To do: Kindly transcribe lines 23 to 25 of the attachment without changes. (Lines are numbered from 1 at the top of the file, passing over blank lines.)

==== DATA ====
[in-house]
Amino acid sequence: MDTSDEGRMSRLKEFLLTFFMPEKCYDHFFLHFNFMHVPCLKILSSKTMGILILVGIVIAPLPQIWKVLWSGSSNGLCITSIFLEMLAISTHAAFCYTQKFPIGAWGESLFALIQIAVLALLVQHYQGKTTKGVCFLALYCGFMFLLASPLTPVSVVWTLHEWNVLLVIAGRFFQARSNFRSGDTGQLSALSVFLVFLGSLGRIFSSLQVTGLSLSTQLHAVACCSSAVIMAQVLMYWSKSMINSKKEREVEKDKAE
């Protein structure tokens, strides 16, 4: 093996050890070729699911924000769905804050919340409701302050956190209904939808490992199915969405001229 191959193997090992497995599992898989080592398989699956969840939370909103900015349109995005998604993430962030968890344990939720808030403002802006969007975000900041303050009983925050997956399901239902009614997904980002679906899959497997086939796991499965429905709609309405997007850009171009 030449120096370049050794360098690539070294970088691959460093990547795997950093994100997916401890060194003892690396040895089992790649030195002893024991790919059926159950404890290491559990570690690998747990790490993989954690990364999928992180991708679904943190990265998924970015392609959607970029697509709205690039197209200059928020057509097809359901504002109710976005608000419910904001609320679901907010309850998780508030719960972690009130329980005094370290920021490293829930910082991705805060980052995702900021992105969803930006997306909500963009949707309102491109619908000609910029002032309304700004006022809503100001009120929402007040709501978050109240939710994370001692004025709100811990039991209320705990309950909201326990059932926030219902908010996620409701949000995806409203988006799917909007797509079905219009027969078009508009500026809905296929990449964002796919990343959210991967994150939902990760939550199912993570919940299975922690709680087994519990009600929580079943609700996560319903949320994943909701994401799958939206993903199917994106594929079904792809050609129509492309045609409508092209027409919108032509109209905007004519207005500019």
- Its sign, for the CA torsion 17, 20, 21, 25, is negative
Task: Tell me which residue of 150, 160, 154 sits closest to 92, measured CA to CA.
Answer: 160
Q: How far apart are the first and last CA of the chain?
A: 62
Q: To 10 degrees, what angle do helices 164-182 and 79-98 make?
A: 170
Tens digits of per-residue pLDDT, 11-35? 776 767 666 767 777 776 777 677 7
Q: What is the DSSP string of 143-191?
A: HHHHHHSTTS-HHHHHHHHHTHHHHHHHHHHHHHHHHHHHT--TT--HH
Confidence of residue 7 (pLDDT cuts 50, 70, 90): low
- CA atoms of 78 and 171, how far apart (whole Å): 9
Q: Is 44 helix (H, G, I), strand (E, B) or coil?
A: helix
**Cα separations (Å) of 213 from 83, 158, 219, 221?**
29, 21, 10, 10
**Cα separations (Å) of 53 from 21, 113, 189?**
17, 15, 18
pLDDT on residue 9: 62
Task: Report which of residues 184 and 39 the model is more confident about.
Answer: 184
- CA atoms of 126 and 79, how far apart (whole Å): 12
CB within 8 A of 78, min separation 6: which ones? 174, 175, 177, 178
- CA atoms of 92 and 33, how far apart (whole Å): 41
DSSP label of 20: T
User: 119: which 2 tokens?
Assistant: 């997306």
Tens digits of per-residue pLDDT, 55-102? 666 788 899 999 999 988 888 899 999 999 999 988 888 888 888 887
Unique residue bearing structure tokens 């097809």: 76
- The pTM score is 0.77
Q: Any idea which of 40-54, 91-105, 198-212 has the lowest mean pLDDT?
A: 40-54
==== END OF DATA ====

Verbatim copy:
Task: Report which of residues 184 and 39 the model is more confident about.
Answer: 184
- CA atoms of 126 and 79, how far apart (whole Å): 12